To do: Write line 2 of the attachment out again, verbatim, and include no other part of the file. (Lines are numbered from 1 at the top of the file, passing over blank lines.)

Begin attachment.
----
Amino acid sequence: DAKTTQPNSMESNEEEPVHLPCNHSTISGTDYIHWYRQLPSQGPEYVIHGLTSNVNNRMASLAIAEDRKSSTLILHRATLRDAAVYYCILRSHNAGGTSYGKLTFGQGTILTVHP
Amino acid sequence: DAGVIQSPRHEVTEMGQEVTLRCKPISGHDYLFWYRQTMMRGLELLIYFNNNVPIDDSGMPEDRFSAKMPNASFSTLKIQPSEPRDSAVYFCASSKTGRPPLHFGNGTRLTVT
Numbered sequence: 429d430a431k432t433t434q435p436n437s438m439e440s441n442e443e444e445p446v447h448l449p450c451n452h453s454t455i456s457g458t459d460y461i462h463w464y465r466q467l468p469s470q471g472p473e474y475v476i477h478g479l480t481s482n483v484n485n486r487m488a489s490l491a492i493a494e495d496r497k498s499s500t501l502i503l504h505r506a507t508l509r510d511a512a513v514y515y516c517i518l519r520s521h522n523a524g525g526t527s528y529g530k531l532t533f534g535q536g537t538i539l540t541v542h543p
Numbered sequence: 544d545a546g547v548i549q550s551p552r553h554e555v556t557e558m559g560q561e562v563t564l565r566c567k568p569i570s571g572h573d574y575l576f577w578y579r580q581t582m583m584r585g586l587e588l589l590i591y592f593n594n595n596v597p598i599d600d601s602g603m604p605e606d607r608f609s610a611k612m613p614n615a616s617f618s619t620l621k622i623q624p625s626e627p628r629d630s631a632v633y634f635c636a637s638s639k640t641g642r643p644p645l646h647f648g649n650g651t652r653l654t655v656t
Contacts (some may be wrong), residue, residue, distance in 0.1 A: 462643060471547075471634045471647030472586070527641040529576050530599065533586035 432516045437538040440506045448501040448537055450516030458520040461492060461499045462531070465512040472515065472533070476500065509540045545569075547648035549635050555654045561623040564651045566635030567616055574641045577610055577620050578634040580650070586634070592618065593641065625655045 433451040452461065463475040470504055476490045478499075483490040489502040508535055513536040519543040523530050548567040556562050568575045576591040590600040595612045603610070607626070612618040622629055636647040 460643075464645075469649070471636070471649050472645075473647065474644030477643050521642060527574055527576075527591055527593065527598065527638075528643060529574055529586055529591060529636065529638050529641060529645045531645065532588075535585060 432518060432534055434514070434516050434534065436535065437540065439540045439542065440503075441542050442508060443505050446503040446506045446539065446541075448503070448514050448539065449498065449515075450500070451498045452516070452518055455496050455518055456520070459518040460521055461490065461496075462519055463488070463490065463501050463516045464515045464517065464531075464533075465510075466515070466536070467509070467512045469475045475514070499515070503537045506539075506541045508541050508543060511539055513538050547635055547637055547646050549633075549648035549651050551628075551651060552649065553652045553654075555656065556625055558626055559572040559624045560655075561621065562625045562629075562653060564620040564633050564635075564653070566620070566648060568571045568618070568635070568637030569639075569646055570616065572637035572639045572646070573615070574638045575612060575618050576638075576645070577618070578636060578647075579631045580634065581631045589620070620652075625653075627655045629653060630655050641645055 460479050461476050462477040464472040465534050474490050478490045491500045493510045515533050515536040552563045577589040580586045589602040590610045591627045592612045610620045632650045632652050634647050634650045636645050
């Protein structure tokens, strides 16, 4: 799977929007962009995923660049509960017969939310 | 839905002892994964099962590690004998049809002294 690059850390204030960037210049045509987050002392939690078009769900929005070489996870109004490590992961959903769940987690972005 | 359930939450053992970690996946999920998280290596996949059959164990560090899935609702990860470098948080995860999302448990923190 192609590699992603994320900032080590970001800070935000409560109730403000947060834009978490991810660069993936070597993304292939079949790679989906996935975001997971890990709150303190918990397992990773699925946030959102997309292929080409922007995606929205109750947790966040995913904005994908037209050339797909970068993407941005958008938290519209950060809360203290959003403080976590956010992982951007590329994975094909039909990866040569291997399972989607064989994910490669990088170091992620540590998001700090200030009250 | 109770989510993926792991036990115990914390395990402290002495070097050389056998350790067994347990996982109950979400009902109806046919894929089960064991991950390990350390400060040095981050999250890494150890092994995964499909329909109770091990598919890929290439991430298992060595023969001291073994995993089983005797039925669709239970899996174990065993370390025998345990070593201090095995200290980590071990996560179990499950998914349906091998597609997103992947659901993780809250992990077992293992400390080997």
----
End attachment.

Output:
Amino acid sequence: DAGVIQSPRHEVTEMGQEVTLRCKPISGHDYLFWYRQTMMRGLELLIYFNNNVPIDDSGMPEDRFSAKMPNASFSTLKIQPSEPRDSAVYFCASSKTGRPPLHFGNGTRLTVT